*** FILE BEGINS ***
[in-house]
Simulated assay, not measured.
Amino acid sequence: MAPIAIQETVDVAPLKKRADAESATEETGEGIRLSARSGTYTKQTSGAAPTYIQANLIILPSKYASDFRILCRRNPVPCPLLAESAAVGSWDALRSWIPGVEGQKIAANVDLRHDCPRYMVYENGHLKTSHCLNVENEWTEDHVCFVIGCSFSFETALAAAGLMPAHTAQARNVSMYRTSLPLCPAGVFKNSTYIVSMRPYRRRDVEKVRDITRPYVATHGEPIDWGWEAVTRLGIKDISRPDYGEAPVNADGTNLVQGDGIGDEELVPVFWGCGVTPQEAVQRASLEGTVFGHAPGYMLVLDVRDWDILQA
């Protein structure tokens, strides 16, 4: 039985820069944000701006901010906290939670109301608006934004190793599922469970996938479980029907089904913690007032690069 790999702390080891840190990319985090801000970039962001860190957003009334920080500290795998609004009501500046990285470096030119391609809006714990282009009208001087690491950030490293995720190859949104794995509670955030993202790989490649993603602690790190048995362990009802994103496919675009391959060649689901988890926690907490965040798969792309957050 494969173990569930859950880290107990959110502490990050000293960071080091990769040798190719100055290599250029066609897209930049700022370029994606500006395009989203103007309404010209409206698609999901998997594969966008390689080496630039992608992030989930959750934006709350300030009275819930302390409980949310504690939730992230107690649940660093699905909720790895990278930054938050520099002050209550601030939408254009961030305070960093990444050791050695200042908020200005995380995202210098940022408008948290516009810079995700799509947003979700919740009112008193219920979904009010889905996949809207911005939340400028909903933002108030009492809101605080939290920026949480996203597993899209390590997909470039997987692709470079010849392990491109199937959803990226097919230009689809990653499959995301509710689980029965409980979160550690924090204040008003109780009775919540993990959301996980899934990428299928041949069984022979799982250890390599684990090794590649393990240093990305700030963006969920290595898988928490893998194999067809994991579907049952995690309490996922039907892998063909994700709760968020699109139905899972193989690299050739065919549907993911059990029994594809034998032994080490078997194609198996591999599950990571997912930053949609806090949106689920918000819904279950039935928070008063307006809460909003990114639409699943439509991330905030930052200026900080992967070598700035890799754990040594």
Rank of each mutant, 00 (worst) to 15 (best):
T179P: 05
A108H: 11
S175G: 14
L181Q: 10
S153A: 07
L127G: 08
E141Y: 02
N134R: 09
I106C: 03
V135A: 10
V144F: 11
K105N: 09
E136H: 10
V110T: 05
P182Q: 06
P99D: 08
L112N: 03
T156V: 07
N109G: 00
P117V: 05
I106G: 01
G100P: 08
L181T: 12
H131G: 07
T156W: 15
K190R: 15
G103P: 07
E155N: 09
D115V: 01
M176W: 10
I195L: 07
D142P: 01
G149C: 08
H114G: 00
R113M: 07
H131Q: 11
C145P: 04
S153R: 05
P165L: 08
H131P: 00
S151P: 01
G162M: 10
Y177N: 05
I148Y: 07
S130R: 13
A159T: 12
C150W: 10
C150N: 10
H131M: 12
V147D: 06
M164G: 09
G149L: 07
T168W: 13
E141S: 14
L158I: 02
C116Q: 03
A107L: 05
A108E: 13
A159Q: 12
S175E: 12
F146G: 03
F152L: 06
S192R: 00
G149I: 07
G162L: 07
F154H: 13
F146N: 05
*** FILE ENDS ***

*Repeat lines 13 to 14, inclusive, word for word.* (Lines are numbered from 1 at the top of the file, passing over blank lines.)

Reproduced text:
N134R: 09
I106C: 03